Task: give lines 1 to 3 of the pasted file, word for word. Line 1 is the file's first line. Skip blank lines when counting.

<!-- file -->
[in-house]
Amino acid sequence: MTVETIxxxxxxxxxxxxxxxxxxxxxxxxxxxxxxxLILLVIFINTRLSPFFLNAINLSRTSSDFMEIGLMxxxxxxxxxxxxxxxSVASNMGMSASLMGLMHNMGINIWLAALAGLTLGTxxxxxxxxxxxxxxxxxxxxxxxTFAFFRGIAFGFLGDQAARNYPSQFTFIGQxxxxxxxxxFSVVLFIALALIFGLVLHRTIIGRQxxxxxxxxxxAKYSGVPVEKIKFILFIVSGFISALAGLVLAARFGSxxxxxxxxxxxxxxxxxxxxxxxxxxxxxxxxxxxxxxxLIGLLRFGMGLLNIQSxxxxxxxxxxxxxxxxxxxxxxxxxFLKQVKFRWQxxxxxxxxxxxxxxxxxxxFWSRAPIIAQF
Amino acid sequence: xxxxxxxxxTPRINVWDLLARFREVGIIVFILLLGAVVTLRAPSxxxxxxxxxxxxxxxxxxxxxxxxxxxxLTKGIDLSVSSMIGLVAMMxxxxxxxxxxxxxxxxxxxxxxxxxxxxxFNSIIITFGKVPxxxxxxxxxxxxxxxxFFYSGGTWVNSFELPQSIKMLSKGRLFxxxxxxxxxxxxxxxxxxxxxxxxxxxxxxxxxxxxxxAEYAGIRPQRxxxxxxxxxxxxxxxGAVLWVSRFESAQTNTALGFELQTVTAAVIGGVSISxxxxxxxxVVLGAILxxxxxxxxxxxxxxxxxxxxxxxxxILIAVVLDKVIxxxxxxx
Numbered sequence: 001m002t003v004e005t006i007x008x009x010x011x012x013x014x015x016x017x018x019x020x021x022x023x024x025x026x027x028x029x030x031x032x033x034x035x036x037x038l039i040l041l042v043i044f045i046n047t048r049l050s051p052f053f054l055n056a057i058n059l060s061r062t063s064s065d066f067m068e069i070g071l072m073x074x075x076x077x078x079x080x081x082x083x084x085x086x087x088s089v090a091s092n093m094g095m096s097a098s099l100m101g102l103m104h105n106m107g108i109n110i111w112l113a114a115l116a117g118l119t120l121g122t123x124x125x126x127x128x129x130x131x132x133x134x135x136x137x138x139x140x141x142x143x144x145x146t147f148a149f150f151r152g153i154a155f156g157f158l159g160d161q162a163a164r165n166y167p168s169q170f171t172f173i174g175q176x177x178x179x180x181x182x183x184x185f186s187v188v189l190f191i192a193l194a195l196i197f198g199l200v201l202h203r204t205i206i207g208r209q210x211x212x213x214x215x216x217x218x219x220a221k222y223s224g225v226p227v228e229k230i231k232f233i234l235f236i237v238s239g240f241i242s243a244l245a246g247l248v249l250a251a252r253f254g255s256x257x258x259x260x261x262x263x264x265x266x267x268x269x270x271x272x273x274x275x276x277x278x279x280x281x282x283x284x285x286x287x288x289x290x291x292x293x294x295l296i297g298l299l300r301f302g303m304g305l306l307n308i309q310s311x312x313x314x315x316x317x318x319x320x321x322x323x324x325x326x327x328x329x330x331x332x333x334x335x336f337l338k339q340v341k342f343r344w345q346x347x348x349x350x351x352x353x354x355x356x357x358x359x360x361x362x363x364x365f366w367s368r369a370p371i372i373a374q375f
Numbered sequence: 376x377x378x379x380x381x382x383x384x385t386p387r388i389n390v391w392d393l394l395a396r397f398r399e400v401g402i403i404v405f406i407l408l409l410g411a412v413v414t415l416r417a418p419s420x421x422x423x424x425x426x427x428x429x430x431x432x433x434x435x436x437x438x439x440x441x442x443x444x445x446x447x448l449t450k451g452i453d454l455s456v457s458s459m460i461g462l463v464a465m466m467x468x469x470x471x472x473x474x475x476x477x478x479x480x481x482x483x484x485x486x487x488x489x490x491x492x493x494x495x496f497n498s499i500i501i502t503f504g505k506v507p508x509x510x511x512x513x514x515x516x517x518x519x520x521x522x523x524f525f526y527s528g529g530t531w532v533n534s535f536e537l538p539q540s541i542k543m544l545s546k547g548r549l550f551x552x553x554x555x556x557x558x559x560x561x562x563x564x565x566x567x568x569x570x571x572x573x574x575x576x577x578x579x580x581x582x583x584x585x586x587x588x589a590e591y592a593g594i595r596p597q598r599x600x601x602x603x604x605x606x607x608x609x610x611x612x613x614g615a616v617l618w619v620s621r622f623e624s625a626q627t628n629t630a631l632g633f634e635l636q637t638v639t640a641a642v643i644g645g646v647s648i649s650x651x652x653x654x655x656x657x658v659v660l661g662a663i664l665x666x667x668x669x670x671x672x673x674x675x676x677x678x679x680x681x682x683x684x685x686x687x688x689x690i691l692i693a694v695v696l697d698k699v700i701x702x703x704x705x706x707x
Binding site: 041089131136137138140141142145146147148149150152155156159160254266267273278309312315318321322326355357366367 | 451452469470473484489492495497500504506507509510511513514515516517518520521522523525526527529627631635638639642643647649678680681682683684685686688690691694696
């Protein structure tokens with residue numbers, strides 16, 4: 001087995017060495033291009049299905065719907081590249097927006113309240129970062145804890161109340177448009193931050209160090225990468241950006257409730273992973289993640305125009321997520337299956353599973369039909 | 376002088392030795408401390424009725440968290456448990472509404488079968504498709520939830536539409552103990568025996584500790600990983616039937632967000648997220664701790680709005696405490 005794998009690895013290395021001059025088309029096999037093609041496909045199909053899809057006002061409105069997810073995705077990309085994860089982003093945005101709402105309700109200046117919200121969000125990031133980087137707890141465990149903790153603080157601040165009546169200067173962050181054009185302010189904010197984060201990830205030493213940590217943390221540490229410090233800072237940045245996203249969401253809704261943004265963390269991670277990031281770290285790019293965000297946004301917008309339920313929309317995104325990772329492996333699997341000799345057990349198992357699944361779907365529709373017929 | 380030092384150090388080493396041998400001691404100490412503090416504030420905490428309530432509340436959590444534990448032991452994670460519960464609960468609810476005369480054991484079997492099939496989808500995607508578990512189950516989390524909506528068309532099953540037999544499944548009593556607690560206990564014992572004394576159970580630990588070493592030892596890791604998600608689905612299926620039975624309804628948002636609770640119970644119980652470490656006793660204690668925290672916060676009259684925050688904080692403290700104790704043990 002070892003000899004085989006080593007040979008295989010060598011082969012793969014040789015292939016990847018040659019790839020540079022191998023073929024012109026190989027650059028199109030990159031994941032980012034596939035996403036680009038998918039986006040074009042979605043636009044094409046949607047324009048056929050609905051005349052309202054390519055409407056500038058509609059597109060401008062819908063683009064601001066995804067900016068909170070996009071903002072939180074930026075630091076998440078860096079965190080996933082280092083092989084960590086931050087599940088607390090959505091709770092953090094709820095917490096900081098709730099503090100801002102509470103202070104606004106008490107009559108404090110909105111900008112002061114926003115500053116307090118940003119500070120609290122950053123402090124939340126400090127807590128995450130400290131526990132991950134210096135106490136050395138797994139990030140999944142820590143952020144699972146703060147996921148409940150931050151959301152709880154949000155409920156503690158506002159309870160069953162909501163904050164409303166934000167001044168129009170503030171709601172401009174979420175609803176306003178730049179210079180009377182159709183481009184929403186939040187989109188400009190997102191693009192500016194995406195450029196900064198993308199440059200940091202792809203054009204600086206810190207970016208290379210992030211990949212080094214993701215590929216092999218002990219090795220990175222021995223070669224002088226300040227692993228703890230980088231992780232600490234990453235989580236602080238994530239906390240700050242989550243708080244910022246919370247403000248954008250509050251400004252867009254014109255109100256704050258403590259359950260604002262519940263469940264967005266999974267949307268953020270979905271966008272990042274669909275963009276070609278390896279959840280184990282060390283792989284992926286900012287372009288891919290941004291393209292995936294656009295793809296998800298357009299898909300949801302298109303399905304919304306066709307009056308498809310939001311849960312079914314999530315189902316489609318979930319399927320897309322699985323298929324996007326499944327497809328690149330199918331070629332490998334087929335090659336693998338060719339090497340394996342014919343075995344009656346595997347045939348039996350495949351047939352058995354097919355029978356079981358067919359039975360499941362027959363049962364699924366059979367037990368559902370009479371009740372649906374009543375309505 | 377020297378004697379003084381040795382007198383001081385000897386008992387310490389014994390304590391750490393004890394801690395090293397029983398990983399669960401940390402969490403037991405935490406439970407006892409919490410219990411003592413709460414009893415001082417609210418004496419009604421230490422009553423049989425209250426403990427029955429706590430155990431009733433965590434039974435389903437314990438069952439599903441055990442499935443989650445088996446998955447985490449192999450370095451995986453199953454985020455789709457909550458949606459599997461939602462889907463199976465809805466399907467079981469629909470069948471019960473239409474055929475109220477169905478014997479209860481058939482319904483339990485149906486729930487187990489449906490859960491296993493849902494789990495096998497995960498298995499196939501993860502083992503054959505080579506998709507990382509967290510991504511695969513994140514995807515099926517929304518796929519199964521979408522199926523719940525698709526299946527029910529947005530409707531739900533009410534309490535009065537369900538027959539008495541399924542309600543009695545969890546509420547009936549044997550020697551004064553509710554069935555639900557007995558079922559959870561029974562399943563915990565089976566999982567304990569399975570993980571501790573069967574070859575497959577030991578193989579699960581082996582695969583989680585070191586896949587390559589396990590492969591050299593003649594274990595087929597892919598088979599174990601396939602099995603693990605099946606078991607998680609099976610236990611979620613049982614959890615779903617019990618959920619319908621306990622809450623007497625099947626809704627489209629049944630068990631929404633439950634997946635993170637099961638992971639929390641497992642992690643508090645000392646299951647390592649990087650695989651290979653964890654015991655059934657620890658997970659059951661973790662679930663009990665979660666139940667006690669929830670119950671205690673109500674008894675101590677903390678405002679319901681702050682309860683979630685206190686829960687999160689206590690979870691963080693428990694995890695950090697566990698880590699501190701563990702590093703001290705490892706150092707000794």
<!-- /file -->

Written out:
[in-house]
Amino acid sequence: MTVETIxxxxxxxxxxxxxxxxxxxxxxxxxxxxxxxLILLVIFINTRLSPFFLNAINLSRTSSDFMEIGLMxxxxxxxxxxxxxxxSVASNMGMSASLMGLMHNMGINIWLAALAGLTLGTxxxxxxxxxxxxxxxxxxxxxxxTFAFFRGIAFGFLGDQAARNYPSQFTFIGQxxxxxxxxxFSVVLFIALALIFGLVLHRTIIGRQxxxxxxxxxxAKYSGVPVEKIKFILFIVSGFISALAGLVLAARFGSxxxxxxxxxxxxxxxxxxxxxxxxxxxxxxxxxxxxxxxLIGLLRFGMGLLNIQSxxxxxxxxxxxxxxxxxxxxxxxxxFLKQVKFRWQxxxxxxxxxxxxxxxxxxxFWSRAPIIAQF
Amino acid sequence: xxxxxxxxxTPRINVWDLLARFREVGIIVFILLLGAVVTLRAPSxxxxxxxxxxxxxxxxxxxxxxxxxxxxLTKGIDLSVSSMIGLVAMMxxxxxxxxxxxxxxxxxxxxxxxxxxxxxFNSIIITFGKVPxxxxxxxxxxxxxxxxFFYSGGTWVNSFELPQSIKMLSKGRLFxxxxxxxxxxxxxxxxxxxxxxxxxxxxxxxxxxxxxxAEYAGIRPQRxxxxxxxxxxxxxxxGAVLWVSRFESAQTNTALGFELQTVTAAVIGGVSISxxxxxxxxVVLGAILxxxxxxxxxxxxxxxxxxxxxxxxxILIAVVLDKVIxxxxxxx